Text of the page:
The argument is ridiculous, and I feel ridiculous even articulating it. I know you are smarter that this. And I know you are very frustrated with the reality that we can’t seem to find or develop the candidate that represents our “core fundamental beliefs”. Do we go down with our Goldwater candidate, or do we win with a Reagan candidate. Goldwater was the “true conservative”; Reagan was a “compromise” conservative. Reagan was the best we could get, imperfect as he was — but we kept the Leftist/Democrats. Nixon was not the true conservative; but he kept Mondale/Democrats from winning. And on and on. You know the story.

    Doggone it — I’m frustrated too! But I would be furious at myself for abandoning the playing field and just allow the Leftist/Democrats to win — again and again… The REAL QUESTION is: how and where do we find the candidate that truly reflects our “core fundamental beliefs”? And let’s pray that we will find a plethora — or even just one at a time — of candidates that represent our core fundamental beliefs! But what do we do until we find or develop that candidate? Just quit and go home in frustration? America and our children and grandchildren are more important than that.

    Don’t quit. We need you.

    Respectfully yours,
    C.J. Weihs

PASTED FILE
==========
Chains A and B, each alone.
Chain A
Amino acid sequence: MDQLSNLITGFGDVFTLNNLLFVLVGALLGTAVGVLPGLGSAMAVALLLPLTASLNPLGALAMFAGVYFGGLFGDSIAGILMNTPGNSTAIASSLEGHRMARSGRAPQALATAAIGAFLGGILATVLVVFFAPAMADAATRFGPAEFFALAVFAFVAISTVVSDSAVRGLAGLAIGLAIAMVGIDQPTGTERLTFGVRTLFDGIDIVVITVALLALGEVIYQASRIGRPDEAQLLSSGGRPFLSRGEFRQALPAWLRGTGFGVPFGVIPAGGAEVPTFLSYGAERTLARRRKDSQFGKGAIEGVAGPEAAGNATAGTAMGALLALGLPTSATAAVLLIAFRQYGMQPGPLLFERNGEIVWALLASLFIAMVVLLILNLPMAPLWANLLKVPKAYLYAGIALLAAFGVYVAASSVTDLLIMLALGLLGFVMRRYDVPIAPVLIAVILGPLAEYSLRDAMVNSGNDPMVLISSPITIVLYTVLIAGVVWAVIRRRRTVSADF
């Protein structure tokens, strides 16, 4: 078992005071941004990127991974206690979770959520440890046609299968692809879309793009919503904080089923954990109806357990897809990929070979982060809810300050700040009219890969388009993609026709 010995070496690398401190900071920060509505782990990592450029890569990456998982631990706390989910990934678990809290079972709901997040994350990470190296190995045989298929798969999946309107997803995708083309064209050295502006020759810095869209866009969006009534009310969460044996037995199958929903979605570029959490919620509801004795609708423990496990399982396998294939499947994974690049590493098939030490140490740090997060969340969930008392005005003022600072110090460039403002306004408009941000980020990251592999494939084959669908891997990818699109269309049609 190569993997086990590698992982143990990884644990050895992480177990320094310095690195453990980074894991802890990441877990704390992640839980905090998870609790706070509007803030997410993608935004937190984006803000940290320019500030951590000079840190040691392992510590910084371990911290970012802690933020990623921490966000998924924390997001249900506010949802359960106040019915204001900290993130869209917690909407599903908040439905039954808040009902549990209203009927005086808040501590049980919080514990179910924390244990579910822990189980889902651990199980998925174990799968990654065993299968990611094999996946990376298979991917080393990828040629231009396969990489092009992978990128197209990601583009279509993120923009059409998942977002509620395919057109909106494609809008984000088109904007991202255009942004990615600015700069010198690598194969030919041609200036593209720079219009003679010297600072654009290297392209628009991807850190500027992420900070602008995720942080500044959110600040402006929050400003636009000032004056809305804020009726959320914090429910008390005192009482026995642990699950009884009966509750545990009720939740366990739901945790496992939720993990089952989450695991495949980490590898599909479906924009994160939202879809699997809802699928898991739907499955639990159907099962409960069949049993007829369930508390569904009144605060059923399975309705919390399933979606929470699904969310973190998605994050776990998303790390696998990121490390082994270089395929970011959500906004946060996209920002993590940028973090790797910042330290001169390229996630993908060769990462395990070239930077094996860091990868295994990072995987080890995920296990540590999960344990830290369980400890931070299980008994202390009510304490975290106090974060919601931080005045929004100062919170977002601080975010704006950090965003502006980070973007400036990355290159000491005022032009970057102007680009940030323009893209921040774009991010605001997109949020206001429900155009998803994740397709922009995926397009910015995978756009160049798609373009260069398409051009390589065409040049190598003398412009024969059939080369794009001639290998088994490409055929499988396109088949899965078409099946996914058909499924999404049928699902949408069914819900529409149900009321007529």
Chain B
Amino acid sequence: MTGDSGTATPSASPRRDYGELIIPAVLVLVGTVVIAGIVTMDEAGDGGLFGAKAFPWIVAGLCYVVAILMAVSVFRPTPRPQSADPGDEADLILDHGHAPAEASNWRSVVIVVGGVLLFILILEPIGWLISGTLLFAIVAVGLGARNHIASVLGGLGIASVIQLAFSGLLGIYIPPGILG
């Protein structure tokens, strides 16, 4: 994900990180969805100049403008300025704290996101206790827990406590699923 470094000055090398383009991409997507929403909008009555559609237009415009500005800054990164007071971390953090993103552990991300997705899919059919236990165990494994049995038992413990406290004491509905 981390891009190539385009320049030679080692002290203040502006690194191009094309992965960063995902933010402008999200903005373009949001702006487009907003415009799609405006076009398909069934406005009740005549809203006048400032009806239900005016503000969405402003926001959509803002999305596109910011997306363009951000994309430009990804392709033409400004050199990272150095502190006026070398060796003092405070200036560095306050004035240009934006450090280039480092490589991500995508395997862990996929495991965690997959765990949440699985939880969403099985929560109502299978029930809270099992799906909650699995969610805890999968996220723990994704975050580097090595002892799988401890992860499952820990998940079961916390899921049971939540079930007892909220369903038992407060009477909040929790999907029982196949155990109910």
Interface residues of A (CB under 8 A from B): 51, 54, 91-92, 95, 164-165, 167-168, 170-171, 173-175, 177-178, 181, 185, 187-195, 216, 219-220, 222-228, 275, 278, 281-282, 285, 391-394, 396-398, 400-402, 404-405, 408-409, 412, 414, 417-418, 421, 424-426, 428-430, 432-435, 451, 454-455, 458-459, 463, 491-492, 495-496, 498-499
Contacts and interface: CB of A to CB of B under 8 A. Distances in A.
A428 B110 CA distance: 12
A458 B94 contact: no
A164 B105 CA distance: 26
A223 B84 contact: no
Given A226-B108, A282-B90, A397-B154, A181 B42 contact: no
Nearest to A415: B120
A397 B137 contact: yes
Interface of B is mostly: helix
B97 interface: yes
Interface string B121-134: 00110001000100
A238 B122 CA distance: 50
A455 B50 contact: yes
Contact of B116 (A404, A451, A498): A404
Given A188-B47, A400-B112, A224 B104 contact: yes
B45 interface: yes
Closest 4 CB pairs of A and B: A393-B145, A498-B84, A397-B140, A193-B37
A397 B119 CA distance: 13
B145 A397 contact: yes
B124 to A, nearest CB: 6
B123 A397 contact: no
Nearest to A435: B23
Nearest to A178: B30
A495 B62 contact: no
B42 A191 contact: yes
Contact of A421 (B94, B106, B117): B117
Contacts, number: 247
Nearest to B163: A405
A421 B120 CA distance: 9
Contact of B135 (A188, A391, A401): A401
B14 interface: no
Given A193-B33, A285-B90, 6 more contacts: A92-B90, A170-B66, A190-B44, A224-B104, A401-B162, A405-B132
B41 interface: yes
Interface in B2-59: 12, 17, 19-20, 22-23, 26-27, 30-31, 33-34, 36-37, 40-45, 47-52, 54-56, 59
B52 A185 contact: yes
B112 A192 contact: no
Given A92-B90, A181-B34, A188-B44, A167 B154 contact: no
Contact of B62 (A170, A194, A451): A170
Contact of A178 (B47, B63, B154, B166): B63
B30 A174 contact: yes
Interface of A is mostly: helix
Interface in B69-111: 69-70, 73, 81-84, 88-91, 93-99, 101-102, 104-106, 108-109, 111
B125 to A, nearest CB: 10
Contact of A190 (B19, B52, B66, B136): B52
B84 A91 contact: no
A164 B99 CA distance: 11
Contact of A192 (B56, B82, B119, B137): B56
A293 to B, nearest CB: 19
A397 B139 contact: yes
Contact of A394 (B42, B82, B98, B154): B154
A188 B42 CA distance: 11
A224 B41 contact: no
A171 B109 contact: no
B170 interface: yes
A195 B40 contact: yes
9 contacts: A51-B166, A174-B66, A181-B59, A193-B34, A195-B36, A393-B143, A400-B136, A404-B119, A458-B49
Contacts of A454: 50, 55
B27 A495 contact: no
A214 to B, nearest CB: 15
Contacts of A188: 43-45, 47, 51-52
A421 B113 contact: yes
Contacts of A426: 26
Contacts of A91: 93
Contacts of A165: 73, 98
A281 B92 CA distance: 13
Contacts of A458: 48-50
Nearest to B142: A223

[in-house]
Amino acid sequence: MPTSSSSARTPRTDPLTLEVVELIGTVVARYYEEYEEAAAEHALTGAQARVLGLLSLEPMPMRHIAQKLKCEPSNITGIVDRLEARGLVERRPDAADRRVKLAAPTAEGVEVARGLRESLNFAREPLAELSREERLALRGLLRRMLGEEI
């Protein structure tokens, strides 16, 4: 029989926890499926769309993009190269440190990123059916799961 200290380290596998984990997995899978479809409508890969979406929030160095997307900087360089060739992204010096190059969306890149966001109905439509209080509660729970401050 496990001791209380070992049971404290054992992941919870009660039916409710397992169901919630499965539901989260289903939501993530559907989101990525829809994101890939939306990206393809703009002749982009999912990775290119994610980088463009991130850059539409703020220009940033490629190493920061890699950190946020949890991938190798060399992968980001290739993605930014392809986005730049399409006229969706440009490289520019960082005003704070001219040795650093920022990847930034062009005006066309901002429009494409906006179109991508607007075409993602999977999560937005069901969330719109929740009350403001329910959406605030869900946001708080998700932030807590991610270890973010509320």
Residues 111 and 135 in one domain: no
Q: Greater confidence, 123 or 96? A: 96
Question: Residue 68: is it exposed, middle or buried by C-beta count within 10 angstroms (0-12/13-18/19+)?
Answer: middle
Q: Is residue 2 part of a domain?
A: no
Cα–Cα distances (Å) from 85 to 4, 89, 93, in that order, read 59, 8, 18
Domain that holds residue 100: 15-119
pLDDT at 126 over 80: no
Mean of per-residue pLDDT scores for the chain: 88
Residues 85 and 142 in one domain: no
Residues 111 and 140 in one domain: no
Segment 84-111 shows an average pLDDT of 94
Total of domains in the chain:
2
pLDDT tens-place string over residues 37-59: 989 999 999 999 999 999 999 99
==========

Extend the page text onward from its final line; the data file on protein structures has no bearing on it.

[email protected]

    • Thanks for the comment! I don’t think “perfect” is the right word…but I do think people should have some issues that are “non-negotiable.” And those issues are likely different for everyone. So, for instance, one of mine would be the life issue. If you don’t get life right, your policy on education doesn’t matter because most kids don’t get a first day of school. Policy on economics doesn’t matter because they don’t get a first job, buy a first home, drive a first car, etc…

      I agree with the sentiment of the second paragraph, but in practice it isn’t practical — if that makes sense. For instance, at the congressional level, you can’t unseat an incumbent. The Party insiders don’t treat you as a legit candidate, media doesn’t do debates, etc. So I’m not sure you can get what you want the next time around.

      I really like what Reagan said about providing a “First Party,” instead of a third party. We have a lot of Republicans not willing to speak out against some pretty basic issues.

      I appreciate your thoughts! I certainly understand that approach as well. Unfortunately the more I’m in this the more I realize change will be extremely slow. And I realize the reality that either the R or the D is going to win. It’s just a matter of if I want to play a part in either one winning… 🙂